Check Out What Kilauea's Lava Did To The Largest Freshwater Lake In Hawaii

Lava entered Kapoho Bay on the evening of June 3. On that same day, the island's largest lake completely boiled away. USGS

Robin Andrews 12 Jun 2018, 16:09

As pointed out by Ben Edwards – a professor of geosciences at Dickinson College – to me on Twitter, I didn’t include the heat of vaporization, the energy required to transform a liquid substance into a gas at a set temperature. For 1 kilogram of water, it takes 2.26 million joules to do just that, which hints at how much more energy it takes to break apart molecular bonds than to simply heat something up.

This would bring the total energy requirement to 146 trillion joules, or 1.46 x 1014 joules. That is roughly 35 kilotons of TNT, far greater than the energy unleashed during small nuclear weapon blasts.

So, if you needed a reminder of how literally hot lava is, there you have it.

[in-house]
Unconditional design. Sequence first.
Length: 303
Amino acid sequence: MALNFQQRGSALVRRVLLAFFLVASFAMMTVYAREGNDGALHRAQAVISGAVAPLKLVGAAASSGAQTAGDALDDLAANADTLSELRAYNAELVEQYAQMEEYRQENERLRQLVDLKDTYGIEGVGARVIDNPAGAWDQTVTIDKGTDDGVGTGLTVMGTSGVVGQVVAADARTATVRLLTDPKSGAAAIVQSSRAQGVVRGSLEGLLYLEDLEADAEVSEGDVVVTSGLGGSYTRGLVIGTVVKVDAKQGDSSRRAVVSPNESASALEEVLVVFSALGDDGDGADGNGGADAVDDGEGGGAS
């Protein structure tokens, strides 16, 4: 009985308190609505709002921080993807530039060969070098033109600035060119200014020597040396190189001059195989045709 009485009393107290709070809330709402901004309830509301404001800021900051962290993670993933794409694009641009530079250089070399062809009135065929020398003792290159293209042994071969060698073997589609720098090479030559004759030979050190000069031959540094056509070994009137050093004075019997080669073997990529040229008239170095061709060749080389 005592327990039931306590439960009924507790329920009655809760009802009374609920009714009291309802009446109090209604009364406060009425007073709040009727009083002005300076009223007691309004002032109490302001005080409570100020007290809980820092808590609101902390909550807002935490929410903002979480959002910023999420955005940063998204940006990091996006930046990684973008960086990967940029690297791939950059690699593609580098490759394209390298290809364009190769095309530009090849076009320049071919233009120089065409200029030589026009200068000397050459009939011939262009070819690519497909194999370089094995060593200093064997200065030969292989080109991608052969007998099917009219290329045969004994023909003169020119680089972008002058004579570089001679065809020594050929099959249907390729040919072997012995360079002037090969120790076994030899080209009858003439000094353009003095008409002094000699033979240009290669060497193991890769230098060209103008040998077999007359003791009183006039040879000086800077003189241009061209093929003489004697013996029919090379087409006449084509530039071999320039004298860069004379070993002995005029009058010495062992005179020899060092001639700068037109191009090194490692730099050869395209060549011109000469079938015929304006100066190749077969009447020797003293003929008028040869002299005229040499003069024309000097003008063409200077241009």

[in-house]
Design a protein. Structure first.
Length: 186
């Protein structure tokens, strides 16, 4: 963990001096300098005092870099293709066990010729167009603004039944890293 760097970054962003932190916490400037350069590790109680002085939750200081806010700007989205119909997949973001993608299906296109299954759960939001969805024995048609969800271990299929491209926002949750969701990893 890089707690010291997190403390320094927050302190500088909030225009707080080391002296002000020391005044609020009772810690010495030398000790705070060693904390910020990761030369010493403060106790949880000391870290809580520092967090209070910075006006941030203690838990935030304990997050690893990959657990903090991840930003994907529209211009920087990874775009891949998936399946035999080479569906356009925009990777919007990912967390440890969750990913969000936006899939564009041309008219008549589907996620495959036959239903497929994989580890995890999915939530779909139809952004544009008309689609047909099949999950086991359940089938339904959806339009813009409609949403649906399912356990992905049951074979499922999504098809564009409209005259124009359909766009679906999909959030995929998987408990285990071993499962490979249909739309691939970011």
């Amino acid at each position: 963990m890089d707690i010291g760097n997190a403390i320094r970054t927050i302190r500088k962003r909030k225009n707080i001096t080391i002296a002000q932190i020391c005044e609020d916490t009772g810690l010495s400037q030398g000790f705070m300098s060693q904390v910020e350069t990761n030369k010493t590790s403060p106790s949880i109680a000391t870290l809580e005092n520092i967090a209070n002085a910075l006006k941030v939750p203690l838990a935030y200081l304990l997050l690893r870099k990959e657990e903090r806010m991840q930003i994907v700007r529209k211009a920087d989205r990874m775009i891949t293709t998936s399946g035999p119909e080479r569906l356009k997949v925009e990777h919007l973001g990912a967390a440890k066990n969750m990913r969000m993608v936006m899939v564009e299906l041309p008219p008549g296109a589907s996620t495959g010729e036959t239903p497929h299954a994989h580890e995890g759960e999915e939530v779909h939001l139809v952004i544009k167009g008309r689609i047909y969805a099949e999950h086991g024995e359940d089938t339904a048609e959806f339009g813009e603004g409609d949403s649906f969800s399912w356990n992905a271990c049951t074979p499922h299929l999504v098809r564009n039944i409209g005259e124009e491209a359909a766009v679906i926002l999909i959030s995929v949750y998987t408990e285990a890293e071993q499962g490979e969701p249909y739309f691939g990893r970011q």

Fissure 8 and its cinder cone, seen on June 9. USGS

It’s worth remembering that as this eruption has progressed, it hasn’t just involved the as-predicted focusing of the lava flow out of just one single vent. The first magma that came to the surface was a colder, older batch with less gas.

Now, Kilauea is tapping mantle temperatures, ejecting lava that is as hot as lava on Earth can realistically get – about 1,204°C (2,200°F). At the moment, gas-rich fury is being fired high into the sky, and even building its own baby volcanic cone around Fissure 8, while much of it continues to be dumped in Kapoho Bay along multiple entry points.

As with the lake invasion, this is creating plenty of laze, which contains hydrochloric acid droplets and glassy volcanic debris. As ever, people are being kept away from the laze and the somewhat unstable new delta that's being born along the lava-smothered coastline.

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